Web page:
An In-Depth Look at Facebook Graph Search for Business
- Elizabeth Frey
- On January 30, 2013
When Mark Zuckerberg announced Facebook’s Graph Search earlier this year, he said it would revolutionize the way people searched for information on products and services. Though Facebook’s newest feature is still young, the potential capabilities of Graph Search, particularly its reliance on micro-targeting, make the search engine a key player in the future of search marketing.
To deliver search results, Graph Search combines all the information provided in users’ Facebook profiles — including their “About Me” information, location data, posts and “likes”, etc. — in a massive data pool. Then, whenever a user performs a search, Graph Search references that collected data from the user’s friends and displays hyper-relevant results for that user.
For example, when a 28-year old living in Boston “likes” a dealer’s Facebook page, his information is put into the search data pool. If one of his friends searches, “Where’s a good place in Boston to buy a new car?” they will see the dealership their friend “liked” — and they will see their friend’s name displayed right next to the search result.
This ability to provide specific, personal search results has powerful implications for Facebook’s Graph Search. Recommendations from friends and family members can be the deciding factor in choosing a product or service, and Graph Search incorporates those endorsements right into their results page, ultimately making their results the most reliable on the web (assuming, of course, that users and their friends share the same tastes). By focusing on targeted advertising, Facebook Graph Search can deliver more significant results than any other search engine.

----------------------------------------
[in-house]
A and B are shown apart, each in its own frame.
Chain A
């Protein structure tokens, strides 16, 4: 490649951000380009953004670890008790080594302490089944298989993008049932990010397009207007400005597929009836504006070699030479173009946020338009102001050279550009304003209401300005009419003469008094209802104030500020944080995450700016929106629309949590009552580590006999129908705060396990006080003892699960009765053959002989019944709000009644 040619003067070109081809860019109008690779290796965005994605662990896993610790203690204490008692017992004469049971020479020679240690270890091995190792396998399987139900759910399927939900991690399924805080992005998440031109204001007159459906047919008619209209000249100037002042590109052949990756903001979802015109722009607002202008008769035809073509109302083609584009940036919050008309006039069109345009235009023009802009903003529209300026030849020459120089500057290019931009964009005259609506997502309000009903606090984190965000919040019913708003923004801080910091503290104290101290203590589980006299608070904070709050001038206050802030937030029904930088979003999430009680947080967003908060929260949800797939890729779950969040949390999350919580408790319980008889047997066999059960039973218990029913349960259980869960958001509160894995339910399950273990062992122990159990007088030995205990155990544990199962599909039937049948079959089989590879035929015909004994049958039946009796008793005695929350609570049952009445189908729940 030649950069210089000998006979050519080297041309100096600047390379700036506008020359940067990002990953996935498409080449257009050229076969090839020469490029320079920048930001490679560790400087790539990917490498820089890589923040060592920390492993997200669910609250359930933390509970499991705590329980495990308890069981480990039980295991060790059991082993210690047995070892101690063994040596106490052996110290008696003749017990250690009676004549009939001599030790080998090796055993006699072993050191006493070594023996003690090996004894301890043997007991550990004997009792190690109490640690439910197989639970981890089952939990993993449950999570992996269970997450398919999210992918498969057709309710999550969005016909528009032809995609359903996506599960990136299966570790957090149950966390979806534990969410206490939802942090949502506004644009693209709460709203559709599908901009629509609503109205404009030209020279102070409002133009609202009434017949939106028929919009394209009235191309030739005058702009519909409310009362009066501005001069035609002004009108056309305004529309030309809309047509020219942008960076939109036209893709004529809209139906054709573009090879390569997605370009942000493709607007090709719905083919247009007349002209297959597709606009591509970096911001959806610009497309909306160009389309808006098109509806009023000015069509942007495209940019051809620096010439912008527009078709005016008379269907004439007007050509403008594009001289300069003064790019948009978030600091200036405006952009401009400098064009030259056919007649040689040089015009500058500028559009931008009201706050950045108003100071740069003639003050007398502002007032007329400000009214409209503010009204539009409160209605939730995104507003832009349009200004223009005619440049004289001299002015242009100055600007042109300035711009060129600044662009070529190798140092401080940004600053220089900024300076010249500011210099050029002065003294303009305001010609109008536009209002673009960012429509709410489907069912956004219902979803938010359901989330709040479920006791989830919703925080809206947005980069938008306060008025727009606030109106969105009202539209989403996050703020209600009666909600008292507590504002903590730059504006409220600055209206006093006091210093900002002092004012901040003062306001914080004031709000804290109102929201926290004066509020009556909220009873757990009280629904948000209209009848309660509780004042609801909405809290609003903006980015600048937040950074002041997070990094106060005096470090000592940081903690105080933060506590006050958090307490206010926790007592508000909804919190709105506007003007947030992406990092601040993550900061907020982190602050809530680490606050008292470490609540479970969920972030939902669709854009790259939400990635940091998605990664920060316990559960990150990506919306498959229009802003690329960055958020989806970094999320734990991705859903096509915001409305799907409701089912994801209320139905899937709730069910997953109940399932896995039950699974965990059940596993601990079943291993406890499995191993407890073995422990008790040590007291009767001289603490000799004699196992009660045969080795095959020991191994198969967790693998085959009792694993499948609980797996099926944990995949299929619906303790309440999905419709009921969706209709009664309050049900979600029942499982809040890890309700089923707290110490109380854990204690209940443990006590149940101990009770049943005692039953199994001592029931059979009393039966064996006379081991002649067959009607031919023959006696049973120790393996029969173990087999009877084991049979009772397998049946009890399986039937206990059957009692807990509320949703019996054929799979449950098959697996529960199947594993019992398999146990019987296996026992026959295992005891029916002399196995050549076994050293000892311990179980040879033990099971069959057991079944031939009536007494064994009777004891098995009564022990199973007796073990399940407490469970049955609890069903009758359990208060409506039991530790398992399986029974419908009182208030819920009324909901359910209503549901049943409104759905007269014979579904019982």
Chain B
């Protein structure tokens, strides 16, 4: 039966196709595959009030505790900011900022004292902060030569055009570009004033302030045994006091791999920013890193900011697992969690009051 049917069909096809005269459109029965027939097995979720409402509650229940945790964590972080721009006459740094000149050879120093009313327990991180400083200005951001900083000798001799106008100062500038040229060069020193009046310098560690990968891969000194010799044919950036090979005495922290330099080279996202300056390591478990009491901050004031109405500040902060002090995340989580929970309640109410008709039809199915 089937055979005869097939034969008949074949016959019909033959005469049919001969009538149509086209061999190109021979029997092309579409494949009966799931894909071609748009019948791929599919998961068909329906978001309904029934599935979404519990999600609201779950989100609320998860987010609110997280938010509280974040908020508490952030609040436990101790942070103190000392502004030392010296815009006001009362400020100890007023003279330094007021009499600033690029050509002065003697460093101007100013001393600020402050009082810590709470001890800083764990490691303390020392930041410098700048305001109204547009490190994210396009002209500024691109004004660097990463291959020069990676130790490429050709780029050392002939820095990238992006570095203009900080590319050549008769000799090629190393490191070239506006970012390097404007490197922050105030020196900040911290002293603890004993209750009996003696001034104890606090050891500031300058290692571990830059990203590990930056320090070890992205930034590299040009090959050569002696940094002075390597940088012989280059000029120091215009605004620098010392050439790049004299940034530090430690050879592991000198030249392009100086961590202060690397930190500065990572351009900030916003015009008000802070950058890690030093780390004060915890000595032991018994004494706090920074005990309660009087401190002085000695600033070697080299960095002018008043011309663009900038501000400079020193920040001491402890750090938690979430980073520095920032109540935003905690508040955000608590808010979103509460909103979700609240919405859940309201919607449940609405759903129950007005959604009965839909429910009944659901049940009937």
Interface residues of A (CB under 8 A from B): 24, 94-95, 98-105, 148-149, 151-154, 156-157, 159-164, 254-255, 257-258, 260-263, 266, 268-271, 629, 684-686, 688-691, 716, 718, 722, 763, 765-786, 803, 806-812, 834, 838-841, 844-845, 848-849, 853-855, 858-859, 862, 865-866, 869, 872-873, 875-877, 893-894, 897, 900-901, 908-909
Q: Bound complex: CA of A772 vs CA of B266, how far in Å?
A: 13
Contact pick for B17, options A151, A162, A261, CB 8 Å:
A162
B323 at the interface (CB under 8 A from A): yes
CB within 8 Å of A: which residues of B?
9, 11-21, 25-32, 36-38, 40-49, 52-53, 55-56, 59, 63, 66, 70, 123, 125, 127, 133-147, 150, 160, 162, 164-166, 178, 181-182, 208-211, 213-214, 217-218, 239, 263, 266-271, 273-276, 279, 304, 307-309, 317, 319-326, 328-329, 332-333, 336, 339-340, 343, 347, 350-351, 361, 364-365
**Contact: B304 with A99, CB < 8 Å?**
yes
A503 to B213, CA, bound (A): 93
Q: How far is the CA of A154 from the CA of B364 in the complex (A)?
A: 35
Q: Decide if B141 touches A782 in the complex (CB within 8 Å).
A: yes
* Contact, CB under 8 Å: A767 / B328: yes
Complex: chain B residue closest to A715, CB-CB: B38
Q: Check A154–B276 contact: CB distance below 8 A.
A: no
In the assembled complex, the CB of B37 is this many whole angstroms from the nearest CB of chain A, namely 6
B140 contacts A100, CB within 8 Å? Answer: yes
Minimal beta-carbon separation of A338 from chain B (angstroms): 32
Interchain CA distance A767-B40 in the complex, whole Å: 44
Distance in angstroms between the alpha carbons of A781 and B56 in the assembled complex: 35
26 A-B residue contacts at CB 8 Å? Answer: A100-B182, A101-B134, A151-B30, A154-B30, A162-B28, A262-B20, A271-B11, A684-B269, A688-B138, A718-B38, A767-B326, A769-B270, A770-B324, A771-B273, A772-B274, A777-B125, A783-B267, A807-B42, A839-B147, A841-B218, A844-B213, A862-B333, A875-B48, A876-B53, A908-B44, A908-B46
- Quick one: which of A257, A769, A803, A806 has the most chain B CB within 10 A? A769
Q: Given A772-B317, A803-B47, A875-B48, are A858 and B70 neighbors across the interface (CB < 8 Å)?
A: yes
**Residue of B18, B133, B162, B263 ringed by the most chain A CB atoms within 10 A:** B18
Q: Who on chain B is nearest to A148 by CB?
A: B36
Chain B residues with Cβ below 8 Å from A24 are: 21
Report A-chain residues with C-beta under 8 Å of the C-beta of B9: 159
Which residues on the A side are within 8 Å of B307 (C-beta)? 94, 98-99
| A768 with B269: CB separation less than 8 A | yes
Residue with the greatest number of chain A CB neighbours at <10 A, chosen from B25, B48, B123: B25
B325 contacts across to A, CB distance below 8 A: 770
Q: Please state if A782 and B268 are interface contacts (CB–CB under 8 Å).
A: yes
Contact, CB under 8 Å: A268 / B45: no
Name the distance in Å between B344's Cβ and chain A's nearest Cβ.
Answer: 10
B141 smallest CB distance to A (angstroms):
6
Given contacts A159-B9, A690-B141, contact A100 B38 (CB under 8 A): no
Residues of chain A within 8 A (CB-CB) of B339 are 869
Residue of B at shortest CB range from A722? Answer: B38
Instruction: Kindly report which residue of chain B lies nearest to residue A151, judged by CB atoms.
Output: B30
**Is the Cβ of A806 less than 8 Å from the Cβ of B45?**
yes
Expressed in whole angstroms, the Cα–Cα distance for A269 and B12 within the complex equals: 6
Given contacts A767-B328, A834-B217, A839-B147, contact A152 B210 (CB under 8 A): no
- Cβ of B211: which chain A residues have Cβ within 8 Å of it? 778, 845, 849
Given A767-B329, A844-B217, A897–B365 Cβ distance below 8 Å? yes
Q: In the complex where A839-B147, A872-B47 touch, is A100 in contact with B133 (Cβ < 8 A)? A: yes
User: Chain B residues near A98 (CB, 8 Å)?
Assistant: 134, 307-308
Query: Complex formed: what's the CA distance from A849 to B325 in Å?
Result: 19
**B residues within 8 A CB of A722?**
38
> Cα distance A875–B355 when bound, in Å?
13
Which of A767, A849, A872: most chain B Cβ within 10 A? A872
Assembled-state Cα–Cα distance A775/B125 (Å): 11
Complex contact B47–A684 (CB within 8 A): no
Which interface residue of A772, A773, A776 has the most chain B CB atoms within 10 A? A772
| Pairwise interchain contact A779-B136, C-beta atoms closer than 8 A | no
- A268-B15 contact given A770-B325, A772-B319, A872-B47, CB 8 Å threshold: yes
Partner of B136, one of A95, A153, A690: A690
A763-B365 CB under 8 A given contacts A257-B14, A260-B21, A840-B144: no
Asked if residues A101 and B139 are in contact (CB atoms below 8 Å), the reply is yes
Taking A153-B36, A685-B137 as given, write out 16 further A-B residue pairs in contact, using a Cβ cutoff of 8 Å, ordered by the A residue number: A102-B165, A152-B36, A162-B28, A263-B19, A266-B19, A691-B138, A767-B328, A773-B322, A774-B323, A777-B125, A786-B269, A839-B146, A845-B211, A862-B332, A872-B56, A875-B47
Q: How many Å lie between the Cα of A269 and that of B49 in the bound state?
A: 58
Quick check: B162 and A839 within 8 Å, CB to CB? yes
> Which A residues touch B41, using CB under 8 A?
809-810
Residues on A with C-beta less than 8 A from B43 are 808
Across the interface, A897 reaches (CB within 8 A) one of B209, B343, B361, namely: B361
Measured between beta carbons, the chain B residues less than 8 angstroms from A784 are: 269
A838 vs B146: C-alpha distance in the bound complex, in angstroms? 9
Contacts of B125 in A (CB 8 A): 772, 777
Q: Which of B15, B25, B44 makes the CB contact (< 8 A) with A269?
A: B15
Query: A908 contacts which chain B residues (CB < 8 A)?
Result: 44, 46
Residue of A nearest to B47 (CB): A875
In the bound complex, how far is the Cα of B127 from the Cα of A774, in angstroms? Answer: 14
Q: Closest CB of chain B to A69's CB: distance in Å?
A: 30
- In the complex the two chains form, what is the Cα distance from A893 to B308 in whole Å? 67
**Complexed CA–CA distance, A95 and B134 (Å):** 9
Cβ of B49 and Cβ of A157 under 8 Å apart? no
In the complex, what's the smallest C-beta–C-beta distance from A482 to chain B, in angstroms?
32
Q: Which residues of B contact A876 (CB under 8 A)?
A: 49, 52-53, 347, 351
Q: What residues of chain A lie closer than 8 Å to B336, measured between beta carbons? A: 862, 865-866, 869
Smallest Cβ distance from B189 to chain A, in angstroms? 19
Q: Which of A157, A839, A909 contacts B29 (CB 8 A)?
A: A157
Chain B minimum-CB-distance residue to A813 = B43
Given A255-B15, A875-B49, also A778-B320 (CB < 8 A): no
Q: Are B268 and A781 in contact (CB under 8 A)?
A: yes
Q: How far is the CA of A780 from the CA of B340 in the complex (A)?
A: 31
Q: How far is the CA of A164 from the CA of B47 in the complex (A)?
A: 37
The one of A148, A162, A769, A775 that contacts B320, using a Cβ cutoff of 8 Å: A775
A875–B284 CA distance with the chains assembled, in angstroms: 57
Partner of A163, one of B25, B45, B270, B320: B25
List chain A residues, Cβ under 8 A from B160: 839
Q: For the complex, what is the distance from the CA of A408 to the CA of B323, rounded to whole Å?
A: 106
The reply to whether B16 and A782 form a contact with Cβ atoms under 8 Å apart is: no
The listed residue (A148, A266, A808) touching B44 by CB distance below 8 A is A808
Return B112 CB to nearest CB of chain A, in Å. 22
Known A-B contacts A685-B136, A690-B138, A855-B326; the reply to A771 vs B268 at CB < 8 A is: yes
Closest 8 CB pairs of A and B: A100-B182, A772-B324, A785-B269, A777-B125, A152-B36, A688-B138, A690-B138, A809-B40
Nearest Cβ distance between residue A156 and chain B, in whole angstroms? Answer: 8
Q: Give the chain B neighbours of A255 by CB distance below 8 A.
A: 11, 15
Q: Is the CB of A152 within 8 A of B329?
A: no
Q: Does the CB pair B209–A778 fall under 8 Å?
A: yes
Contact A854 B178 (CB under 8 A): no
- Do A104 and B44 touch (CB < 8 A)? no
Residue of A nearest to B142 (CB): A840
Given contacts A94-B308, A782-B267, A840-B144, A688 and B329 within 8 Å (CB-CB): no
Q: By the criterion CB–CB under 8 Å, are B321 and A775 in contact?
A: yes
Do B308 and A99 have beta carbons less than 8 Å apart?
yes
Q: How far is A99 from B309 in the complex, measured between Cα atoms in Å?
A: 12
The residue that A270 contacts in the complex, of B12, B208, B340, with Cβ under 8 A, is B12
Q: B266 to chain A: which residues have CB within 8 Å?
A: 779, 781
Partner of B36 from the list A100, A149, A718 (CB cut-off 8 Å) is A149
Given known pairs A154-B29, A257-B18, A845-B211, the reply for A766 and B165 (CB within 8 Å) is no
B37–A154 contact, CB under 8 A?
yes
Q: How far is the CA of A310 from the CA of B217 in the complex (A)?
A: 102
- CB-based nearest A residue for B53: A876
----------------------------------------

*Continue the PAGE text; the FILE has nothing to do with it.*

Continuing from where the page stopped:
Local businesses especially will benefit from Graph Search’s micro-targeting capabilities. Now, instead of getting buried in competitive search rankings, small businesses can rely on Graph Search to find and display their page to users who are the most likely to be interested in their product or service. Ultimately, Graph Search will allow these businesses to better hone their targeting to the best potential customers, helping to increase their ROI.
Yet Graph Search can also help businesses, and especially brands, in other ways. Because of its unique search function, Graph Search can be used as a research tool, providing information about the personality of consumers. For example, Ford could search for people who like their product and like something else, and use that information to better target their customers. Graph Search could also be used to find new customers with a search such as “people who live in Boston and like Ford”.
With that in mind, it’s worth noting that the success of Graph Search ultimately relies upon pro-active Facebook users. For Graph Search to operate effectively, users need to actually “like” businesses, fill out their profile fully, follow their favorite bands, etc., and if users don’t participate on Facebook, it makes the entire search process less effective.
In order to get the most benefit from Facebook Graph Search, businesses will need to keep all their data current and make sure the content on their Pages is both useful and relevant. On the storefront, businesses should make sure customers know their Facebook URL and encourage people to “like” them. Providing quality customer service and maintaining loyal relationships with customers will motivate people to “like” a business online.
Although it is too early to determine whether or not Facebook Graph Search is going to be the success that some believe it to be, there’s no doubt that it has succeeded in shaking up things in the search engine community.
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